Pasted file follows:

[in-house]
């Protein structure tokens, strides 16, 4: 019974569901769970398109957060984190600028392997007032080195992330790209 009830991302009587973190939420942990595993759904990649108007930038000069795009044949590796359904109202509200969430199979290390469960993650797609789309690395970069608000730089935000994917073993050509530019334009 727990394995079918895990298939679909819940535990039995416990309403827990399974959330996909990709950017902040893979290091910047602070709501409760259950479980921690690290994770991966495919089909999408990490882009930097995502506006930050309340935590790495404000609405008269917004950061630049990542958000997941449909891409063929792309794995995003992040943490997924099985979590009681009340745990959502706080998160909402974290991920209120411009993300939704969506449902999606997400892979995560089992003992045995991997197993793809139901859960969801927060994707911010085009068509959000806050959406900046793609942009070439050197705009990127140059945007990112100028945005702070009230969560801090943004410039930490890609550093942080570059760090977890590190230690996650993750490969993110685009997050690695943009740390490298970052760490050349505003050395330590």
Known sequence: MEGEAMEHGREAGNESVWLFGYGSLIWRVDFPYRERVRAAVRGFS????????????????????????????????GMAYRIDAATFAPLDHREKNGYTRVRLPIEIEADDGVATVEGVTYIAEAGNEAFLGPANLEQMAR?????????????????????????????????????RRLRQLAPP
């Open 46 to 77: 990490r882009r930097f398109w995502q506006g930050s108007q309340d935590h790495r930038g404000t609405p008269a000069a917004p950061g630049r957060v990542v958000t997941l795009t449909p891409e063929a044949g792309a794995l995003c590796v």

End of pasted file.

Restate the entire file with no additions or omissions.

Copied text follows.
[in-house]
């Protein structure tokens, strides 16, 4: 019974569901769970398109957060984190600028392997007032080195992330790209 009830991302009587973190939420942990595993759904990649108007930038000069795009044949590796359904109202509200969430199979290390469960993650797609789309690395970069608000730089935000994917073993050509530019334009 727990394995079918895990298939679909819940535990039995416990309403827990399974959330996909990709950017902040893979290091910047602070709501409760259950479980921690690290994770991966495919089909999408990490882009930097995502506006930050309340935590790495404000609405008269917004950061630049990542958000997941449909891409063929792309794995995003992040943490997924099985979590009681009340745990959502706080998160909402974290991920209120411009993300939704969506449902999606997400892979995560089992003992045995991997197993793809139901859960969801927060994707911010085009068509959000806050959406900046793609942009070439050197705009990127140059945007990112100028945005702070009230969560801090943004410039930490890609550093942080570059760090977890590190230690996650993750490969993110685009997050690695943009740390490298970052760490050349505003050395330590």
Known sequence: MEGEAMEHGREAGNESVWLFGYGSLIWRVDFPYRERVRAAVRGFS????????????????????????????????GMAYRIDAATFAPLDHREKNGYTRVRLPIEIEADDGVATVEGVTYIAEAGNEAFLGPANLEQMAR?????????????????????????????????????RRLRQLAPP
């Open 46 to 77: 990490r882009r930097f398109w995502q506006g930050s108007q309340d935590h790495r930038g404000t609405p008269a000069a917004p950061g630049r957060v990542v958000t997941l795009t449909p891409e063929a044949g792309a794995l995003c590796v």